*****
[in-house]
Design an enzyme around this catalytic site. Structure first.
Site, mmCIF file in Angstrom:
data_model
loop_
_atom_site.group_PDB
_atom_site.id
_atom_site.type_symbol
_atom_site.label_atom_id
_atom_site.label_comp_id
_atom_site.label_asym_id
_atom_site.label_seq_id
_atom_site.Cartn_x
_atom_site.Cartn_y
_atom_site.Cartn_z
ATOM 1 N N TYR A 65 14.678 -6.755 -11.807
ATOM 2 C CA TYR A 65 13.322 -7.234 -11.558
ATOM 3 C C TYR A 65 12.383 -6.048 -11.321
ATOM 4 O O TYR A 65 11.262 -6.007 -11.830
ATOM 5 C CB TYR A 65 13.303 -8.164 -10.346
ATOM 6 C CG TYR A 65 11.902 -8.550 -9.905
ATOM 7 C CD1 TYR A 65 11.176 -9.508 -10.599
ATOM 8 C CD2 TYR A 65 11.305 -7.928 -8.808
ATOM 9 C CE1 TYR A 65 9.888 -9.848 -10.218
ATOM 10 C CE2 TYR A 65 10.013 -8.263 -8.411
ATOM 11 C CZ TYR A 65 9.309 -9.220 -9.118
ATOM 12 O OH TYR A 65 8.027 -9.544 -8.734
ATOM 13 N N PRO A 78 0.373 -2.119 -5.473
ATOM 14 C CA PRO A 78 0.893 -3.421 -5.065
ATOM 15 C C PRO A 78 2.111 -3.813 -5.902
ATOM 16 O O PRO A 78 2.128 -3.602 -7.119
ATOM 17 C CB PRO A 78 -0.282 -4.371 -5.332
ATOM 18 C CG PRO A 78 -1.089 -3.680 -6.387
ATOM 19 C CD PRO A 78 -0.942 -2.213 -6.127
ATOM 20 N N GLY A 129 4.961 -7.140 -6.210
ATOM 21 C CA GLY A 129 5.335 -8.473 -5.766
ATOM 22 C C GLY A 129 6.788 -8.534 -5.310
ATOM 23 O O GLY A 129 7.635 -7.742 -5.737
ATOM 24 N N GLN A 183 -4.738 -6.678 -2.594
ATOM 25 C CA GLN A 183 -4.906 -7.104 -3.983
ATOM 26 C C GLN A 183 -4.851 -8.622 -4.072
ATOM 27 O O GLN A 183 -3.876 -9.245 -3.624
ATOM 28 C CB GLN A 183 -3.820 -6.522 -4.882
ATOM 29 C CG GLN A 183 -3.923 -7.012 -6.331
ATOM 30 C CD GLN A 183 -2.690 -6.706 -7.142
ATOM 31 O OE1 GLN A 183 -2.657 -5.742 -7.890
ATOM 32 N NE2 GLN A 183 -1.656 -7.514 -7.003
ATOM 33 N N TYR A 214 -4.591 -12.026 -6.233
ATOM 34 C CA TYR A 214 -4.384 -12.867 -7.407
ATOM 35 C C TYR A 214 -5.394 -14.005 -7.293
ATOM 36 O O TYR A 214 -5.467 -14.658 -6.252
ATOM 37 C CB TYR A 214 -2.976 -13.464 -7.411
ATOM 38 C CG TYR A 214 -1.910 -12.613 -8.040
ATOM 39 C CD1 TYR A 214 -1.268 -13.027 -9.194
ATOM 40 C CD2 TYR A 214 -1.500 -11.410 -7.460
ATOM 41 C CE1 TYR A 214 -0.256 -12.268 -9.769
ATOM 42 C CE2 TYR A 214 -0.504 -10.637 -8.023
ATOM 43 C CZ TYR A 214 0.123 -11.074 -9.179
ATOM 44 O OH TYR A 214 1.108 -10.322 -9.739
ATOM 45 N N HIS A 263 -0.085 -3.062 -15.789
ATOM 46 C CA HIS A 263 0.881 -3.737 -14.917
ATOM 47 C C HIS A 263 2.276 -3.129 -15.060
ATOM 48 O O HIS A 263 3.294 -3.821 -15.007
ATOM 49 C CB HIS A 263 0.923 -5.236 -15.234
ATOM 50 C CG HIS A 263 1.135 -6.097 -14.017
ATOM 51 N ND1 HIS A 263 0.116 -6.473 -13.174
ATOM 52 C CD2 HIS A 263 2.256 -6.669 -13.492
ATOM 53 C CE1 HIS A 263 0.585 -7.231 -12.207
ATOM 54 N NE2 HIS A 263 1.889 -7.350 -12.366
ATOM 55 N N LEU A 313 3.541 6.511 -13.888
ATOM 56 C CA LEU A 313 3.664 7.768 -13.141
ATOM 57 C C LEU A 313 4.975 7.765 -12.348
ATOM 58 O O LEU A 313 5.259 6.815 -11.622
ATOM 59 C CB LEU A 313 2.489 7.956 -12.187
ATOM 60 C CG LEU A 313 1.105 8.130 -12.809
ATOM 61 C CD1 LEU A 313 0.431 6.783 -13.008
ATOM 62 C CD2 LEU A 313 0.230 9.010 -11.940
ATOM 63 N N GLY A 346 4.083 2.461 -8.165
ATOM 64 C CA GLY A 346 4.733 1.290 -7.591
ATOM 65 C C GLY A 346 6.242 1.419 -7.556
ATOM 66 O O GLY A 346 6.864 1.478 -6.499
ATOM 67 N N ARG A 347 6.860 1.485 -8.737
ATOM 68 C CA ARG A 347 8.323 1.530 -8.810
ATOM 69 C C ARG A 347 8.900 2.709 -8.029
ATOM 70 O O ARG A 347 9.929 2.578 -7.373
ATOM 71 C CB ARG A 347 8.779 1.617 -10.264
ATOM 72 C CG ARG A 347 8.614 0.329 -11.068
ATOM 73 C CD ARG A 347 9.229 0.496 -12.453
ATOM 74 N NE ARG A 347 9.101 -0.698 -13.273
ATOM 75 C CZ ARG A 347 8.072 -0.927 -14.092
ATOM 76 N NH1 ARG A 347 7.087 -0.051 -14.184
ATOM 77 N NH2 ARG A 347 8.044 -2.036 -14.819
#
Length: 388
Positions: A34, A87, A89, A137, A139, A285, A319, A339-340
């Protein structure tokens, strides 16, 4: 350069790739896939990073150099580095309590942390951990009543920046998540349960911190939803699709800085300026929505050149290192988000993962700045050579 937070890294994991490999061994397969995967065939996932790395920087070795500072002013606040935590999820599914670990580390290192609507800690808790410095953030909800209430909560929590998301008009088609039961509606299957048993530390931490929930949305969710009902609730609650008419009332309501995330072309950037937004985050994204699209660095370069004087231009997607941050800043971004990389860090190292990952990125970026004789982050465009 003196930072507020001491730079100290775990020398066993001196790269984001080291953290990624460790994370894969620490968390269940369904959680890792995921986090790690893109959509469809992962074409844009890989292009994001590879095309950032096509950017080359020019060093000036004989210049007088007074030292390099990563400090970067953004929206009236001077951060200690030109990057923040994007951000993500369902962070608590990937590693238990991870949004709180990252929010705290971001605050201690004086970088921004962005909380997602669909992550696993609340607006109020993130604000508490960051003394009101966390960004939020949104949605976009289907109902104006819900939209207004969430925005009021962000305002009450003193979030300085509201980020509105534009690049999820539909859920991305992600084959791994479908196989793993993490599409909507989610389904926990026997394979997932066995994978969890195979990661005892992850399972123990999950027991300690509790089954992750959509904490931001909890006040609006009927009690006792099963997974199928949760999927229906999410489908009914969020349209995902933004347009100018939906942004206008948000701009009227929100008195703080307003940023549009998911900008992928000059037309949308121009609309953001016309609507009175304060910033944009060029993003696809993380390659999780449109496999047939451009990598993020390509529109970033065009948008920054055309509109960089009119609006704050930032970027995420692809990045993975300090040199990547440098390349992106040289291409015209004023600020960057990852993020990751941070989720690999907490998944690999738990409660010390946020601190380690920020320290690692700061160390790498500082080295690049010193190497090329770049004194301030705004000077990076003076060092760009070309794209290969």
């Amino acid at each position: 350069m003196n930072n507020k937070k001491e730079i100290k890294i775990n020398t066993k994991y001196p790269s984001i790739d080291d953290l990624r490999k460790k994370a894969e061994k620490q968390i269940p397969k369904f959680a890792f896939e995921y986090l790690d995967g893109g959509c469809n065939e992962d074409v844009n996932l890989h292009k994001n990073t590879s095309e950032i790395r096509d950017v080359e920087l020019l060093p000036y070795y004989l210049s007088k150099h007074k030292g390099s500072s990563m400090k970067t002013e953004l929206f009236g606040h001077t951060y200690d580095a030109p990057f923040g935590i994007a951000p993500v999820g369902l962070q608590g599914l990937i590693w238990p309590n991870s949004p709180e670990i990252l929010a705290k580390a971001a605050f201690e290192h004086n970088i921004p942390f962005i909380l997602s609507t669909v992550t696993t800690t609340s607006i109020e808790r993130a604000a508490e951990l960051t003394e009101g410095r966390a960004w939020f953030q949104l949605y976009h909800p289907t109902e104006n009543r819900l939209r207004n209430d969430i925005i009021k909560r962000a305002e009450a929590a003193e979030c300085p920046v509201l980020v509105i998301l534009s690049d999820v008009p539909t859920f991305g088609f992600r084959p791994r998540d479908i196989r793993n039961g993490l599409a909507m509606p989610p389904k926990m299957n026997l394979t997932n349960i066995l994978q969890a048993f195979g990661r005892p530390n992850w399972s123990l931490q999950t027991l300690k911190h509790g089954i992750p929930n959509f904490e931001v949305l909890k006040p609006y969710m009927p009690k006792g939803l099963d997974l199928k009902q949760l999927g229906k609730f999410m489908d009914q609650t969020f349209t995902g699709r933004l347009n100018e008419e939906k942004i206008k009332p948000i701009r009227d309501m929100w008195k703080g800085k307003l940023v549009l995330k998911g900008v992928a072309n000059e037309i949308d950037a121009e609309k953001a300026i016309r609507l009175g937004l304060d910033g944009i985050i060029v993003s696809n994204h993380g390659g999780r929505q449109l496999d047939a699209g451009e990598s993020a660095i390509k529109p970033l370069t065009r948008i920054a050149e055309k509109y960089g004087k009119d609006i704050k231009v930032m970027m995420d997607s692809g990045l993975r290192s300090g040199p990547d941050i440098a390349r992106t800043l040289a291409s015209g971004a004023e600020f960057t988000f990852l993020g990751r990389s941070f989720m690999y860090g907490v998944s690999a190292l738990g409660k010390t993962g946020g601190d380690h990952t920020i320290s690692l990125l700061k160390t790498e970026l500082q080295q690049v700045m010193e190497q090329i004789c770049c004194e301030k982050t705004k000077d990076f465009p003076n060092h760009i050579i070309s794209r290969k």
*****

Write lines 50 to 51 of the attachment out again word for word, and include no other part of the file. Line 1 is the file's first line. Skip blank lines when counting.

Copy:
ATOM 35 C C TYR A 214 -5.394 -14.005 -7.293
ATOM 36 O O TYR A 214 -5.467 -14.658 -6.252